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State to consider limiting tanning beds to adults

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  • Dr. Sanjay Gupta in Charlotte Wednesday
  • About melanoma

    Melanoma is a form of cancer that affects the skin or other pigmented tissues, such as the eye.

    It most often develops in areas on the body exposed to the sun, such as the face, back, legs or arms.

    It’s the most deadly form of skin cancer. Allowed to grow, melanoma can spread cancer to other parts of the body.

    Early detection is a key factor in survival rates.



Studies that show strong links between tanning beds and skin cancer have prompted state lawmakers to propose making indoor-tanning salons off limits to anyone under age 18.

The bill, slated to go before the House Health and Human Services committee Tuesday, would limit tanning bed services to adults, doing away with current rules that permit those ages 14 through 17 to tan with parental permission.

“The numbers are very convincing that sun exposure carries a cancer risk, and people under 18 seem to be more vulnerable than older folks,” said Republican Jim Fulghum, a co-sponsor of the bill and a Wake County neurosurgeon.

Young, white women are the heaviest users of tanning beds and are also the group most likely to develop melanoma, said David Ollila, a surgical oncologist at UNC’s Lineberger Cancer Center who helped write the proposed legislation. He cited two studies, one from Minnesota and one from New South Wales.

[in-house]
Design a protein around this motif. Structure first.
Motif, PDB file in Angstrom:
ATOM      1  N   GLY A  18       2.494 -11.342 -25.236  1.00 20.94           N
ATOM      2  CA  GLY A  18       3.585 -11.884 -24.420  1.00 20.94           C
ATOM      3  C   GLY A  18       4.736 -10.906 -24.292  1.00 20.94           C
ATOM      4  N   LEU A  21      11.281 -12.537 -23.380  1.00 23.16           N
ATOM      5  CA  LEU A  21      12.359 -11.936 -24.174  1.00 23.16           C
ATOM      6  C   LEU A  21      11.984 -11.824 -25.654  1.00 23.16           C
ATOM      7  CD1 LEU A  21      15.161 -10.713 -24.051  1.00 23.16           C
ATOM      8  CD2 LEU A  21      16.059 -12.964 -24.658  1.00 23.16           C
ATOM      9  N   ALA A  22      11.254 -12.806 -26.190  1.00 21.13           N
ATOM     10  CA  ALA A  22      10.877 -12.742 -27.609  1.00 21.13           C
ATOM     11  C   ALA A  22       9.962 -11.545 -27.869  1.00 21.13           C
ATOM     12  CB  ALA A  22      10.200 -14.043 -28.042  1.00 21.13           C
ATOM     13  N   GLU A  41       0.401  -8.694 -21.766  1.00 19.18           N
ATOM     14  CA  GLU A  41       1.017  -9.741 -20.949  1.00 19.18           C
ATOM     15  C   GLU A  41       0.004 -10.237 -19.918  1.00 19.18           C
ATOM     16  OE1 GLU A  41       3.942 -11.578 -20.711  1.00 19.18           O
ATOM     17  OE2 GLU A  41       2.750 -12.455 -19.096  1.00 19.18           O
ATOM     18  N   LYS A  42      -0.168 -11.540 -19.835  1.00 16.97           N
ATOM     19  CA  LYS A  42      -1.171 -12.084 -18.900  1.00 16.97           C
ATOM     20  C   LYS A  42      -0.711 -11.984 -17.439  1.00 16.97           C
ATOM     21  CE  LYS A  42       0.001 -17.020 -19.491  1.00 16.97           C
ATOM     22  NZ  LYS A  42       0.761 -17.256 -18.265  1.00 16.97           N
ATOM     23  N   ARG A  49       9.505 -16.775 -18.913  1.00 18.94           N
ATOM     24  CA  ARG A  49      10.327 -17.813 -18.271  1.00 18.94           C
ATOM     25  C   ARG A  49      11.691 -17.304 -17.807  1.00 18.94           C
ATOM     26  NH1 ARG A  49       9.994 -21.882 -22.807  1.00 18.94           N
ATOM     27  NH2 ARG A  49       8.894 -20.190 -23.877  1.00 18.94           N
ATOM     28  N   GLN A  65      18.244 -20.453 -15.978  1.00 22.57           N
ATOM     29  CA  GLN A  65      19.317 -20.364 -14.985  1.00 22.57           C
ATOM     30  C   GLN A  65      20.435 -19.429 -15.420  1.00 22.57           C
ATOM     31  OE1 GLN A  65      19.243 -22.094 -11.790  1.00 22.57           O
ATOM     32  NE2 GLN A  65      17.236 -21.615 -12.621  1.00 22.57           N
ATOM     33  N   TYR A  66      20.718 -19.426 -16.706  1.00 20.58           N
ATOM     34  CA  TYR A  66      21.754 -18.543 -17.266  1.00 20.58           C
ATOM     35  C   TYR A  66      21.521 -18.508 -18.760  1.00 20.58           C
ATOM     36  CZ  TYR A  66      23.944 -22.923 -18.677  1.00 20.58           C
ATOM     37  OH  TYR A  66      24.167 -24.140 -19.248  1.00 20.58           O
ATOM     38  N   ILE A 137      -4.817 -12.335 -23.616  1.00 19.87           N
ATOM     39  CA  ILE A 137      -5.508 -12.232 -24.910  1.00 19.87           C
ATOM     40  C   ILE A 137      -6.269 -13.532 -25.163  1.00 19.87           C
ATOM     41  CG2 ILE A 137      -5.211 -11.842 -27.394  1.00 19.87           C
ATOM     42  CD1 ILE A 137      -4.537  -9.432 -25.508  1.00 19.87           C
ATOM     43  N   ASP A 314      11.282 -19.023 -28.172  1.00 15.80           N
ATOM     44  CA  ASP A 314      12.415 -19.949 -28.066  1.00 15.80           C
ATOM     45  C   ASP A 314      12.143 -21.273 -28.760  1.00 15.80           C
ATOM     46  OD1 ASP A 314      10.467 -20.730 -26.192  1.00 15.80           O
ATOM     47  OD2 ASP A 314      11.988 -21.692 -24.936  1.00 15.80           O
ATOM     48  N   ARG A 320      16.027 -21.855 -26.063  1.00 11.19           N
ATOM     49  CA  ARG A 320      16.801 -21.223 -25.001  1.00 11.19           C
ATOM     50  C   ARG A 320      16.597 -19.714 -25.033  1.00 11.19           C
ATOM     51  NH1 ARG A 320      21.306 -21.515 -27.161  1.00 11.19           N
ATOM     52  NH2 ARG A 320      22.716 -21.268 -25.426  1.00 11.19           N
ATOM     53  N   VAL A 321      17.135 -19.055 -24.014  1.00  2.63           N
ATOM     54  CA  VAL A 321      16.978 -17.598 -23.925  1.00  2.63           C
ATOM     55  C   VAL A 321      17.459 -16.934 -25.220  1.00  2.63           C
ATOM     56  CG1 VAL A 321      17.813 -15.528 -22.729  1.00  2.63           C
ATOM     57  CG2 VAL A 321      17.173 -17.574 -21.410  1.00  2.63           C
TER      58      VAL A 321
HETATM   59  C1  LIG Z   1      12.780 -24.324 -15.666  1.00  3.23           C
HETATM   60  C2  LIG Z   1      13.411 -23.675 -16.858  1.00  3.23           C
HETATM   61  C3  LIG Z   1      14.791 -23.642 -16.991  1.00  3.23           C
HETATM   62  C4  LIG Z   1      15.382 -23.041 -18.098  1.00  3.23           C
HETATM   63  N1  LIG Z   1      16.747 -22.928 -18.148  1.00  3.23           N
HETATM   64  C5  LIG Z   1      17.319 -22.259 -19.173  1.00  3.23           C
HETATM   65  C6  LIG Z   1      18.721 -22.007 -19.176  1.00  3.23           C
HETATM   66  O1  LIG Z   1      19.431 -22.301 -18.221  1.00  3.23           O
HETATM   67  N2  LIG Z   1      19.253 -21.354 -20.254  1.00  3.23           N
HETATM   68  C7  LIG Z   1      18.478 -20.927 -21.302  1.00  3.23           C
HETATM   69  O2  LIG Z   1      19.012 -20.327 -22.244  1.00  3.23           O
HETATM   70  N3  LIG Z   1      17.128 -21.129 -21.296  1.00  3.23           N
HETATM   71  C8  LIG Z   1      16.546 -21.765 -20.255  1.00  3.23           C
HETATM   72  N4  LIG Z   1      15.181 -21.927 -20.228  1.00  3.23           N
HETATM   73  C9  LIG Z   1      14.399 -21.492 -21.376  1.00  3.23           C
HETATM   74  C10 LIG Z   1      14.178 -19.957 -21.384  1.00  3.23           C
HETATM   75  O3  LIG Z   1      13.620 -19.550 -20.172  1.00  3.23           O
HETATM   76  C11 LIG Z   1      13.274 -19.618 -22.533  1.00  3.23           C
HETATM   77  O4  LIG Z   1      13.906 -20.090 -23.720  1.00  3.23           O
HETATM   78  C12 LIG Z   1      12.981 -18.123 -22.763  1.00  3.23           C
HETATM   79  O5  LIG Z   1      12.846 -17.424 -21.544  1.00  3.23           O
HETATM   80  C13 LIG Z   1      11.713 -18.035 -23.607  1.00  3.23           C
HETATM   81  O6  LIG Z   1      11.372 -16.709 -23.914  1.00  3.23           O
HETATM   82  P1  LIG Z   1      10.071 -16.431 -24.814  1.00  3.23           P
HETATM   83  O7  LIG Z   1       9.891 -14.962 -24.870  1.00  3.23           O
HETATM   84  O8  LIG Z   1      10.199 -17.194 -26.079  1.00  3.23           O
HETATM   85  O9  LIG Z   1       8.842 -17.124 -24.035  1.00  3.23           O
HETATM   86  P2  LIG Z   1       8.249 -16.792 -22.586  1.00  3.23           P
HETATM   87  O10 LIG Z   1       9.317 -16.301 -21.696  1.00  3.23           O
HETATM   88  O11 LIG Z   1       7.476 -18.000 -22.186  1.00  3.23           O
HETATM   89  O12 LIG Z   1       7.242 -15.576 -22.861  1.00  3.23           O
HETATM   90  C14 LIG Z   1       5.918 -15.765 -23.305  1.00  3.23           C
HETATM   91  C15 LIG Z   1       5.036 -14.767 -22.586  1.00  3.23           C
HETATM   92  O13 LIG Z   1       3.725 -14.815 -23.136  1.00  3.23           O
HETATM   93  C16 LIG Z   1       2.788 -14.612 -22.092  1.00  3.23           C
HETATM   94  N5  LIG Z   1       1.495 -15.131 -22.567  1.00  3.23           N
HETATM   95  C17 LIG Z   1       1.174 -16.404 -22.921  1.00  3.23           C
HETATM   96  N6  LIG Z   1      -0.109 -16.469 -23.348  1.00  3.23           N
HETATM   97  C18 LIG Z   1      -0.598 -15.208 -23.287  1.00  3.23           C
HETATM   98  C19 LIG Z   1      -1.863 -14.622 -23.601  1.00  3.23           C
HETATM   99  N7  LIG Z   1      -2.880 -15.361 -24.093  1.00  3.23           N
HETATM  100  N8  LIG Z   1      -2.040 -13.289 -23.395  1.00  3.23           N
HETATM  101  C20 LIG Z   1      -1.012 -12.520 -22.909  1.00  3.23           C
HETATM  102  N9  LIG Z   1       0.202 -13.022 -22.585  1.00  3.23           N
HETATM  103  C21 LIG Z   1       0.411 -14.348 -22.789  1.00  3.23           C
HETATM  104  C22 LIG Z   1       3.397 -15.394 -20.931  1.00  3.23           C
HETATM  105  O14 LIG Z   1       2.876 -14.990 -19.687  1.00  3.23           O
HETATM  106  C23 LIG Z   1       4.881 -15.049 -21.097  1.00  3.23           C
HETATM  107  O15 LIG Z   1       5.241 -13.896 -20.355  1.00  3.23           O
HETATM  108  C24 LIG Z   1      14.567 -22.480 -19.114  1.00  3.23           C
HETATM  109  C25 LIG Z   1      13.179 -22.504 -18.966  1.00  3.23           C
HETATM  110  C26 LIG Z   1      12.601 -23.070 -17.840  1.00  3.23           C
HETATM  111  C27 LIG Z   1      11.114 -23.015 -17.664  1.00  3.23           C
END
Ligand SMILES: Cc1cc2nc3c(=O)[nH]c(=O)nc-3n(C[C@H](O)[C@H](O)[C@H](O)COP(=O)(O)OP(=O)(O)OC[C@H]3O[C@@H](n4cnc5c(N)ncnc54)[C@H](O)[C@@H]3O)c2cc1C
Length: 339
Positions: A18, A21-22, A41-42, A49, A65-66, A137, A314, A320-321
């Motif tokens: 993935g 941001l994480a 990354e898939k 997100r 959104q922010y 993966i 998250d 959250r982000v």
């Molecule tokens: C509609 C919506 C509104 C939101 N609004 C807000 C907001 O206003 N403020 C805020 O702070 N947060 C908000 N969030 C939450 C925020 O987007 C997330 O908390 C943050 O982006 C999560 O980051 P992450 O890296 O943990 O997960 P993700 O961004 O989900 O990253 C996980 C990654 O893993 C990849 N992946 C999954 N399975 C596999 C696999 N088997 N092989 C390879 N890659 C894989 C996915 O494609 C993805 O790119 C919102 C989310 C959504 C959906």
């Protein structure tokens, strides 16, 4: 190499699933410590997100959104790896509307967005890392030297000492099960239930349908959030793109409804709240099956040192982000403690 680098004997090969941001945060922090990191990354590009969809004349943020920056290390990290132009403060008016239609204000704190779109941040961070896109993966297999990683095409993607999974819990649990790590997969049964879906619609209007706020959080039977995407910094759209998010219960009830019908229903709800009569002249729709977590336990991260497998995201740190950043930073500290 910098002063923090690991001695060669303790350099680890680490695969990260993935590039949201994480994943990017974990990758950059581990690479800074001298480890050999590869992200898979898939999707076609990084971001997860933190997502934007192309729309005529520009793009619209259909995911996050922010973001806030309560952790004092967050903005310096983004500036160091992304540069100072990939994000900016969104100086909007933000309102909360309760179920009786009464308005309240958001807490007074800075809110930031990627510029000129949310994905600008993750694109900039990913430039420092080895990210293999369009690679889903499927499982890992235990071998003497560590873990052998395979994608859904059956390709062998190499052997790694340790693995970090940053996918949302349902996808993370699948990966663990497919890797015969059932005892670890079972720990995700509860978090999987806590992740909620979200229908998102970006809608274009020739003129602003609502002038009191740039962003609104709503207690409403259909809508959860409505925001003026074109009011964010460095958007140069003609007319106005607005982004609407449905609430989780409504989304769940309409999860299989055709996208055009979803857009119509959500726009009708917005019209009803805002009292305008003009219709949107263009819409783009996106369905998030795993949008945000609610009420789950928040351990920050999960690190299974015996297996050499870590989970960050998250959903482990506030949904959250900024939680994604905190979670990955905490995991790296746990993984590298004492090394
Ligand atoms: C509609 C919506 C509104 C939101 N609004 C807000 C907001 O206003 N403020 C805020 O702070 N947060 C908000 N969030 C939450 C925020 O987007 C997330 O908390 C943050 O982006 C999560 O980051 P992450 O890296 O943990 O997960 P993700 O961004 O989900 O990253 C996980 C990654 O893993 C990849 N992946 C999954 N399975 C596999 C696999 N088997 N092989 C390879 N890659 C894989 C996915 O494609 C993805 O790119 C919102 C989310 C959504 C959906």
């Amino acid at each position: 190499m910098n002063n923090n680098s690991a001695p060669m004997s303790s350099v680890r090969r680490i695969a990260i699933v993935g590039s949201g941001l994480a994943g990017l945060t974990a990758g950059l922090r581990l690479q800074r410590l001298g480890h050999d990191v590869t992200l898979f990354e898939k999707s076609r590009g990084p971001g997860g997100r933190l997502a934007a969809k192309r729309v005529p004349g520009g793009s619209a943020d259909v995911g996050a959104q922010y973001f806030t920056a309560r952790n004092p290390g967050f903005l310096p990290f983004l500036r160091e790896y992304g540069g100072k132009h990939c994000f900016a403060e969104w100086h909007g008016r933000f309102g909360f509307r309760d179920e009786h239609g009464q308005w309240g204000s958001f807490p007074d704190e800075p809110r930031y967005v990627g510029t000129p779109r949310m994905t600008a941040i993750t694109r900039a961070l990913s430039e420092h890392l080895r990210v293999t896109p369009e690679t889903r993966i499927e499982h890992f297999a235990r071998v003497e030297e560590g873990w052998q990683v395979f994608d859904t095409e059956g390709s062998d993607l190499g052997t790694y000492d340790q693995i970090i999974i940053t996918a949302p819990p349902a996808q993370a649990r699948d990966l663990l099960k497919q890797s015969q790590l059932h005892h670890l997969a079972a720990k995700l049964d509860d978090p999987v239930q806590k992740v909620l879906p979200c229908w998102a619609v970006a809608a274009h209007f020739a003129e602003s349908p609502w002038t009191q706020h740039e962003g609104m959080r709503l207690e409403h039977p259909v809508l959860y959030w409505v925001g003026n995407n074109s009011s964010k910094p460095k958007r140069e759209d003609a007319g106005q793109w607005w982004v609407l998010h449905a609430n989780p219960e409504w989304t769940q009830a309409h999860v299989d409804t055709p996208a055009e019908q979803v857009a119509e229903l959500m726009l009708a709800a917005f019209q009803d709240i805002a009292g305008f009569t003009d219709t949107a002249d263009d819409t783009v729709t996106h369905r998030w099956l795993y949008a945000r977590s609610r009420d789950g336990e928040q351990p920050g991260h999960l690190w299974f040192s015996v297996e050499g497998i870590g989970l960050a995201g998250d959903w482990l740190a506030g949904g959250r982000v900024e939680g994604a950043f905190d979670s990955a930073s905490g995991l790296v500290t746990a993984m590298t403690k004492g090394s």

“The results show unequivocally that people who have ever used a tanning bed have higher rates of melanoma, and it’s most pronounced in those who used them in their teens or 20s,” Ollila said.

The correlation between tanning bed use and skin cancer gets stronger as the number of salon visits goes up, he added, “so it’s really scary when you see people who’ve been in tanning beds more than 100 times.”

Two previous bills aimed at limiting tanning bed use by juveniles were introduced in previous N.C. legislative sessions but stalled in committee, Ollila said. But he and Fulghum feel that the current bill has momentum.

Tanning industry representatives argue that the limits would hurt businesses. And they say proper use of tanning beds can minimize risk.

“It’s all about moderation,” said Jill Donovan, who owns four tanning salons in the Triangle. “We do a skin analysis and have policies in place to prevent people from burning. It can actually help prevent overexposure when you build a base tan before going out in the sun.”

That’s exactly what Lindsy Weeks, 16, had in mind when she entered a tanning bed for the first time Monday at one of Donovan’s salons, Jill’s Beach in Cary.

“I’ve got spring break coming up in five weeks, and I wanted to get a start on my tan so I won’t burn,” Weeks said.

She brought her mother along to sign the necessary forms granting permission for the session, which lasted six minutes. Weeks, who works as a cashier at a restaurant, paid for a total of five sessions and will tan once weekly in preparation for her trip.

She thinks requiring parental permission is sufficient to regulate tanning for 14- to 17-year-olds.

Weeks said the tanning staff advised her on the intensity and length of her tanning session, made sure she had on proper eyewear and asked her about any medications that could make sun exposure unsafe.

But the link between skin cancer and indoor tanning was never raised, Weeks said.

A report from the World Health Organization, which compiled numerous published studies, said tanning bed use before age 35 triples the risk of developing melanoma. About 76,000 new melanoma cases and nearly 9,200 deaths from melanoma were recorded in 2012, according to American Cancer Society figures.

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